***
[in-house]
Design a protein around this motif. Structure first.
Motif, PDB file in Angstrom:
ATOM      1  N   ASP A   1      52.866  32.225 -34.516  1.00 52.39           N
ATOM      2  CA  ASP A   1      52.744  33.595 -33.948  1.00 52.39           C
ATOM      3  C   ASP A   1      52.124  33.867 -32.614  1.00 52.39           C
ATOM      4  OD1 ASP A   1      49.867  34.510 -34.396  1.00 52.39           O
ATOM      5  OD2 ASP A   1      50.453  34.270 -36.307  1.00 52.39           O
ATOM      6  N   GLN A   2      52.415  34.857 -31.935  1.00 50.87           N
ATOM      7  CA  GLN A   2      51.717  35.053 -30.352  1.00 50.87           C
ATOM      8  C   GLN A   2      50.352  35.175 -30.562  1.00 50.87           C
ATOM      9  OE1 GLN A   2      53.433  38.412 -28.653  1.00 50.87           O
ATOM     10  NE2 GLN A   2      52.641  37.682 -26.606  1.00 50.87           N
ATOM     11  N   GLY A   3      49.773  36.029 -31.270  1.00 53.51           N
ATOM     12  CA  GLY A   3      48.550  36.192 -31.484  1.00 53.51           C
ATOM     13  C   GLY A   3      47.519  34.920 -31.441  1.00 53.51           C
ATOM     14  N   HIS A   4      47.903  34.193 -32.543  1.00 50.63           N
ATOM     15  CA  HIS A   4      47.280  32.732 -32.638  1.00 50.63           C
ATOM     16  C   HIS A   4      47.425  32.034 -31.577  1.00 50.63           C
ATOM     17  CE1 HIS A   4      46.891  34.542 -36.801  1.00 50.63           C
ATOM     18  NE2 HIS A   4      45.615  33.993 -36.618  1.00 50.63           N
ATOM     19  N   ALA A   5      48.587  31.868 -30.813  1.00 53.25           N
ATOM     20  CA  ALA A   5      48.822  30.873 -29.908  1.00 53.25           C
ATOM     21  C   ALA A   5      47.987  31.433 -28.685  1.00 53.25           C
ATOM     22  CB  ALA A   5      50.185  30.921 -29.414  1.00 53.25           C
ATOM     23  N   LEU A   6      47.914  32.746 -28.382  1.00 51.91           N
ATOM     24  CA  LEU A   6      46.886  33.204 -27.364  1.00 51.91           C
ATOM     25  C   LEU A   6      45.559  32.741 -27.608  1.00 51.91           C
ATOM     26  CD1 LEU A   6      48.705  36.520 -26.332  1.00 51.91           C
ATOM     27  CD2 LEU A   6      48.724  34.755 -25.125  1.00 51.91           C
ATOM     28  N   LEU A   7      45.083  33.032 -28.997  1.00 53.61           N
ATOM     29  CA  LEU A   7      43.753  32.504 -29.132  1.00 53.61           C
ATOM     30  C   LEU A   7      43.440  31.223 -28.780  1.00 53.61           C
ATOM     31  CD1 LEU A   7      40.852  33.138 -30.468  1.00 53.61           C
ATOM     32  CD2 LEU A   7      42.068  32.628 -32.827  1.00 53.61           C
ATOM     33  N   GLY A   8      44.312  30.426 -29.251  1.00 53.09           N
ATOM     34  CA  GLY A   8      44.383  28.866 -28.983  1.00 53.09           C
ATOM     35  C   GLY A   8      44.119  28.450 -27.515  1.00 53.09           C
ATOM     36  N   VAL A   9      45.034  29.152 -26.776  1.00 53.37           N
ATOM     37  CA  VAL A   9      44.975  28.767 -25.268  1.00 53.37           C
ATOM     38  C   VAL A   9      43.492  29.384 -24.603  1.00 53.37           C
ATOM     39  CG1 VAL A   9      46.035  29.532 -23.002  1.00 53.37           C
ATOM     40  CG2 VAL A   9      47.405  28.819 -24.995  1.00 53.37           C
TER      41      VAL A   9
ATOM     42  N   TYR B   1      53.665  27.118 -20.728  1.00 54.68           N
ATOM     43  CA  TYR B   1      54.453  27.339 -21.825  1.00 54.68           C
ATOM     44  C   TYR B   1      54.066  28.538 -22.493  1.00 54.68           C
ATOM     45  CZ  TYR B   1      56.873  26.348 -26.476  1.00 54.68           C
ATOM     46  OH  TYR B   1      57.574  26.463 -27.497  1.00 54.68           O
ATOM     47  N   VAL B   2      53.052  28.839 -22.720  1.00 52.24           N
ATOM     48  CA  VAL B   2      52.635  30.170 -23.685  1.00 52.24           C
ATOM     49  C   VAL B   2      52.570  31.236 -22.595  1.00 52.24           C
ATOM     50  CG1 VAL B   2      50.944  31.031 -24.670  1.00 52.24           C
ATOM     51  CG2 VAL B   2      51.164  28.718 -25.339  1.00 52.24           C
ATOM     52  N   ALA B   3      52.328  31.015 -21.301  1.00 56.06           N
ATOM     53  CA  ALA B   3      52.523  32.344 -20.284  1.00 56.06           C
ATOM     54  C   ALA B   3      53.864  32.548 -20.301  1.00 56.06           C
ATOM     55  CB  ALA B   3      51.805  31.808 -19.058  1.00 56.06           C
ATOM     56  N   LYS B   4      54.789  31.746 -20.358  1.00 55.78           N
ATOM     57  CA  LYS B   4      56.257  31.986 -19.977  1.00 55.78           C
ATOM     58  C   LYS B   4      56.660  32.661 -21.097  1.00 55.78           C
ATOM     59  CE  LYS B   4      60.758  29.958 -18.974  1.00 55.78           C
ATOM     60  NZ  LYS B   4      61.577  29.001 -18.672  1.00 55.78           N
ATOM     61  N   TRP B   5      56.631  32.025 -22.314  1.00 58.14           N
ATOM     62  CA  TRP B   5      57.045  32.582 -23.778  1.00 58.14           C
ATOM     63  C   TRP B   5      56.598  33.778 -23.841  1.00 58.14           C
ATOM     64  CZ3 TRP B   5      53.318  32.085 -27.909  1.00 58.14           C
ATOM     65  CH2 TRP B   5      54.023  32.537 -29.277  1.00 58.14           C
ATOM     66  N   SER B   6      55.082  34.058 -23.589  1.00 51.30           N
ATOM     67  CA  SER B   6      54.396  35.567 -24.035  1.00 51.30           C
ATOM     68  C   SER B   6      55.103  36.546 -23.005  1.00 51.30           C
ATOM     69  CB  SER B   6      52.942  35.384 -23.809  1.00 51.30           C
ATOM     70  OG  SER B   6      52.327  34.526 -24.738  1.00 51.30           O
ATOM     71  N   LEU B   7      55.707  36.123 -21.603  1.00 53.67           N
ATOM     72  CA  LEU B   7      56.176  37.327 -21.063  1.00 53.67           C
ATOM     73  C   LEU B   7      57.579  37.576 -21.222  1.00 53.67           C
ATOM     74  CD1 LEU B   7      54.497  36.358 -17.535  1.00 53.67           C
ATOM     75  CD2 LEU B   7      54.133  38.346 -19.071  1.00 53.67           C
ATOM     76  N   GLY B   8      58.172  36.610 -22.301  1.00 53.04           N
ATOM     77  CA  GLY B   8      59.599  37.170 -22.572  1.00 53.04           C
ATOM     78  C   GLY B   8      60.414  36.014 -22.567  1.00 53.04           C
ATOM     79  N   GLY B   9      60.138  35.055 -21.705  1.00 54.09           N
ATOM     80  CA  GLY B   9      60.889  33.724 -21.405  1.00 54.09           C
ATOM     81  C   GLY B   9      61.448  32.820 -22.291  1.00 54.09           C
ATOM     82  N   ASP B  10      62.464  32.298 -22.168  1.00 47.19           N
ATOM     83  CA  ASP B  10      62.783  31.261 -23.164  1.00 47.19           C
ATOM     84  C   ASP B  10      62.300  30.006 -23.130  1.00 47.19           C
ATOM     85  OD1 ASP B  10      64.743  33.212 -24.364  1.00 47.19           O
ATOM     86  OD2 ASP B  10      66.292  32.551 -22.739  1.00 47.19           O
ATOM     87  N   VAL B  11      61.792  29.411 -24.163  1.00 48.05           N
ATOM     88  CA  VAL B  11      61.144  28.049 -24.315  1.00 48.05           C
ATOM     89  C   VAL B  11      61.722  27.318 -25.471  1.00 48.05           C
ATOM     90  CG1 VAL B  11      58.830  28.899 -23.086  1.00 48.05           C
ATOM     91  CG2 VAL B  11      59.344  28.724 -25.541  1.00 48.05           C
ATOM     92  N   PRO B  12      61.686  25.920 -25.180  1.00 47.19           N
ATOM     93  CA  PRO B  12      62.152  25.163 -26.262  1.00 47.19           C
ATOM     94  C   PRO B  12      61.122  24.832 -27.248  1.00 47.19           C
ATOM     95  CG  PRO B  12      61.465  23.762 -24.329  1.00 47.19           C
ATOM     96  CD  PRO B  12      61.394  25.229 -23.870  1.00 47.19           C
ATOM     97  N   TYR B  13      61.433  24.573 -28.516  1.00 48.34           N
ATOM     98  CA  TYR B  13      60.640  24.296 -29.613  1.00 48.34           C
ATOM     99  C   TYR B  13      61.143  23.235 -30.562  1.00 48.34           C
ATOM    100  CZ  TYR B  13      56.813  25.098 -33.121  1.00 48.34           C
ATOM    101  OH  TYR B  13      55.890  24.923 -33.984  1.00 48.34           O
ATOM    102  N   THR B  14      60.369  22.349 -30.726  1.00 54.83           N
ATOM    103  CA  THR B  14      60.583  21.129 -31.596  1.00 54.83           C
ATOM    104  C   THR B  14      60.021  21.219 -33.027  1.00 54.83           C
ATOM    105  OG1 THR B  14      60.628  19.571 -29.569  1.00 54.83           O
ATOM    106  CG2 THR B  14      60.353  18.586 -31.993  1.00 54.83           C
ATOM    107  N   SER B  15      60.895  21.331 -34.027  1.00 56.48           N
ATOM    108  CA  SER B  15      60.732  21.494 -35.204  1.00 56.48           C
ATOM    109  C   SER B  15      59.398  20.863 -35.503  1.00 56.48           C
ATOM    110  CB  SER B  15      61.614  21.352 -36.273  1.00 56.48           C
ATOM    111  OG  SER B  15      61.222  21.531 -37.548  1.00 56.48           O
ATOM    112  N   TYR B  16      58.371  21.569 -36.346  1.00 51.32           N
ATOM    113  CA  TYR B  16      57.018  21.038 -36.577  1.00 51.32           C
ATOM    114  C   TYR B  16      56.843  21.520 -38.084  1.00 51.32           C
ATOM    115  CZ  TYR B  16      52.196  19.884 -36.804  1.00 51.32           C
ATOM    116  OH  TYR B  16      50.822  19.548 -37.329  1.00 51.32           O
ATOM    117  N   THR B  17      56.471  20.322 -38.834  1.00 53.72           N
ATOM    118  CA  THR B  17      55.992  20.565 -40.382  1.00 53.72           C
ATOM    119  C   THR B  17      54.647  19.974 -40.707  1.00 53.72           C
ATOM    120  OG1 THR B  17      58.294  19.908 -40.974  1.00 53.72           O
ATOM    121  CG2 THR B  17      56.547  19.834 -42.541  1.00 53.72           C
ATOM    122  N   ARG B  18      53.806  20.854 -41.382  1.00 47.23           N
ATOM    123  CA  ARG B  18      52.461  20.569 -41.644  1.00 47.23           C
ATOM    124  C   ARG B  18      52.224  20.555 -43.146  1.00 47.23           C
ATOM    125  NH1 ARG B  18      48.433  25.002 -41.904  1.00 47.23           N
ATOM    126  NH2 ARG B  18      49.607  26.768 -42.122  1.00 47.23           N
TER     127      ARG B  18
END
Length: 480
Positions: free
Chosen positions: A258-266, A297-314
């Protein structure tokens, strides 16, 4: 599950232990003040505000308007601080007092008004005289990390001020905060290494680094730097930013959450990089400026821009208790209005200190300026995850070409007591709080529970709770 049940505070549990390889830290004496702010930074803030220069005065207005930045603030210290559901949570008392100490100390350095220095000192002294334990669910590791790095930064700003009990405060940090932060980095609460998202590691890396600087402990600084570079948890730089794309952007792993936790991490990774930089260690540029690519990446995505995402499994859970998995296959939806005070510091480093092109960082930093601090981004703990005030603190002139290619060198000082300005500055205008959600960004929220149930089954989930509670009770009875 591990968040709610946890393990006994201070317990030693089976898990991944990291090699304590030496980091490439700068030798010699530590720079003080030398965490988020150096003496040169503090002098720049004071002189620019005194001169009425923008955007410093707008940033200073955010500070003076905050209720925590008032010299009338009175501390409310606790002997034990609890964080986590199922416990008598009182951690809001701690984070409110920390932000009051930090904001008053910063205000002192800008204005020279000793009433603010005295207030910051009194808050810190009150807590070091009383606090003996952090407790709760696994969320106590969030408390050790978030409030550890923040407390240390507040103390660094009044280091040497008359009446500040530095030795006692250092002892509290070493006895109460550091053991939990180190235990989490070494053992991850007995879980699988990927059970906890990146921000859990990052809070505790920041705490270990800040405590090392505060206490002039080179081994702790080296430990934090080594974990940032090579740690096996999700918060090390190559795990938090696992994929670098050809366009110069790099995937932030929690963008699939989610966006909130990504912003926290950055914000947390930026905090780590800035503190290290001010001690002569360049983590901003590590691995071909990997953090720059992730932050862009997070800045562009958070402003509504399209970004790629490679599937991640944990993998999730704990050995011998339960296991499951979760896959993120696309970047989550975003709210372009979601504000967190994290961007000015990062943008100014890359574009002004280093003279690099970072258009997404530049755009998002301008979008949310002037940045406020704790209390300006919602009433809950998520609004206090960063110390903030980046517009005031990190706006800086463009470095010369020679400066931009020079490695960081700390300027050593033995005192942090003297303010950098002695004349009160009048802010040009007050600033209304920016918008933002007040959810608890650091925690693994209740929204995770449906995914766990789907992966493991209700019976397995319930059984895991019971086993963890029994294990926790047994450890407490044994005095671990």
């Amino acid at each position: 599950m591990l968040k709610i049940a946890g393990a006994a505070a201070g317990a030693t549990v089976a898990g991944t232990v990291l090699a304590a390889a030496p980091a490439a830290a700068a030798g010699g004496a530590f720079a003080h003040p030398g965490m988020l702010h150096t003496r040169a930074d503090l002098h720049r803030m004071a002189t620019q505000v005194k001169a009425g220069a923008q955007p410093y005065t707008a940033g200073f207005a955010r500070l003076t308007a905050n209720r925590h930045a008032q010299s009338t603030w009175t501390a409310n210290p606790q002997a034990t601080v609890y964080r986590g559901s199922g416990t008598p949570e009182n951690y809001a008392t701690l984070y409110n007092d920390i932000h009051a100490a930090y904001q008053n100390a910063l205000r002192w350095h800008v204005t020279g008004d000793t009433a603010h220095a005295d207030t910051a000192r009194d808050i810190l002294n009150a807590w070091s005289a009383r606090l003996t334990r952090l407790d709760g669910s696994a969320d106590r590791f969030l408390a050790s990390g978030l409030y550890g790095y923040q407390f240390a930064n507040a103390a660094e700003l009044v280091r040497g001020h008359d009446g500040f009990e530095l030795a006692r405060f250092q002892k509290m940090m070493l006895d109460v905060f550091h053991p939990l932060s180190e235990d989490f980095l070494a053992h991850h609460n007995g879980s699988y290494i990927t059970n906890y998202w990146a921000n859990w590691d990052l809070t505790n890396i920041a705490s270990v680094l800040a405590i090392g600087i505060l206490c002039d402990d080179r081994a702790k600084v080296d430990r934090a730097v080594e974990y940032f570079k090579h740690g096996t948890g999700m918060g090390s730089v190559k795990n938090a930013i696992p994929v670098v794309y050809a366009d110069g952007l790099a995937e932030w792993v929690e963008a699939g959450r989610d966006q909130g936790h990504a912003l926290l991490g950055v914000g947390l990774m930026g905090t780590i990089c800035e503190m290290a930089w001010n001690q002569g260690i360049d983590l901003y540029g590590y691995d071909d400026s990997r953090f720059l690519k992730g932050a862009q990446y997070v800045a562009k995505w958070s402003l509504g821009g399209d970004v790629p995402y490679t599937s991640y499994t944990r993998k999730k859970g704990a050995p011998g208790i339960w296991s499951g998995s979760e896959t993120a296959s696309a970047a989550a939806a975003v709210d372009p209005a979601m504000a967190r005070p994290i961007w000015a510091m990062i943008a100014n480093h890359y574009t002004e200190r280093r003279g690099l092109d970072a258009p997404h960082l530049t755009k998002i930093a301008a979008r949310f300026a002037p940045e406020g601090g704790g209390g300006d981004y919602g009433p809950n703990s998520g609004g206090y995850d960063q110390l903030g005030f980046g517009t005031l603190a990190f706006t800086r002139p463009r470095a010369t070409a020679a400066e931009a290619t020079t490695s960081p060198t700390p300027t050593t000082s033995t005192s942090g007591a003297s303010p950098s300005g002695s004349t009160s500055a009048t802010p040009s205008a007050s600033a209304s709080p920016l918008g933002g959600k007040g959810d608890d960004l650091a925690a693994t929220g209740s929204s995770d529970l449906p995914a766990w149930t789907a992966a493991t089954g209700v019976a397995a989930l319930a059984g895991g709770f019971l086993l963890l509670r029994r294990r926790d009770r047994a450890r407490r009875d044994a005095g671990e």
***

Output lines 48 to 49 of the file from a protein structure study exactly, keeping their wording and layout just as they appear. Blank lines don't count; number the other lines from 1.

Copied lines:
ATOM     45  CZ  TYR B   1      56.873  26.348 -26.476  1.00 54.68           C
ATOM     46  OH  TYR B   1      57.574  26.463 -27.497  1.00 54.68           O